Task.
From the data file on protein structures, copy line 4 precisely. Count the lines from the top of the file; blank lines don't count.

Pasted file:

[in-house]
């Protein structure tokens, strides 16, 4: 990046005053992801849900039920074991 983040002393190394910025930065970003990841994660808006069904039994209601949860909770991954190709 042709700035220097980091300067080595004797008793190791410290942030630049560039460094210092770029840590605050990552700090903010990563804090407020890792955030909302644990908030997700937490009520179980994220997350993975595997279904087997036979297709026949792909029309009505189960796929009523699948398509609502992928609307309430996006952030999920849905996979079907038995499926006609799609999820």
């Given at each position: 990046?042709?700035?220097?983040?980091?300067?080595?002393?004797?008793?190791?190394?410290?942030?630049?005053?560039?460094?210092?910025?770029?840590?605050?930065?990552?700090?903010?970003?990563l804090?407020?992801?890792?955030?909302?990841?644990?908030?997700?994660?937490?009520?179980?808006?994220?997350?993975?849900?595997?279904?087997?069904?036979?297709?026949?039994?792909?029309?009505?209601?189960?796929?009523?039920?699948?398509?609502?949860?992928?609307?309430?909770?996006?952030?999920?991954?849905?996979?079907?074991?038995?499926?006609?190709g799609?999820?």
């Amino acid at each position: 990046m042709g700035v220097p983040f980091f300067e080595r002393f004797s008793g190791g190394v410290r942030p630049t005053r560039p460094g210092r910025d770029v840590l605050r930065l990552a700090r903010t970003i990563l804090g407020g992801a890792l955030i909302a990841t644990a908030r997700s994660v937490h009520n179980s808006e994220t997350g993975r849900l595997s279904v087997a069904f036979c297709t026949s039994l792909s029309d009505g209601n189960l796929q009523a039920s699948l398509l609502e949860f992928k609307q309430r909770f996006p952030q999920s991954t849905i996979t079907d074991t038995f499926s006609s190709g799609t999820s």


């Amino acid at each position: 990046m042709g700035v220097p983040f980091f300067e080595r002393f004797s008793g190791g190394v410290r942030p630049t005053r560039p460094g210092r910025d770029v840590l605050r930065l990552a700090r903010t970003i990563l804090g407020g992801a890792l955030i909302a990841t644990a908030r997700s994660v937490h009520n179980s808006e994220t997350g993975r849900l595997s279904v087997a069904f036979c297709t026949s039994l792909s029309d009505g209601n189960l796929q009523a039920s699948l398509l609502e949860f992928k609307q309430r909770f996006p952030q999920s991954t849905i996979t079907d074991t038995f499926s006609s190709g799609t999820s």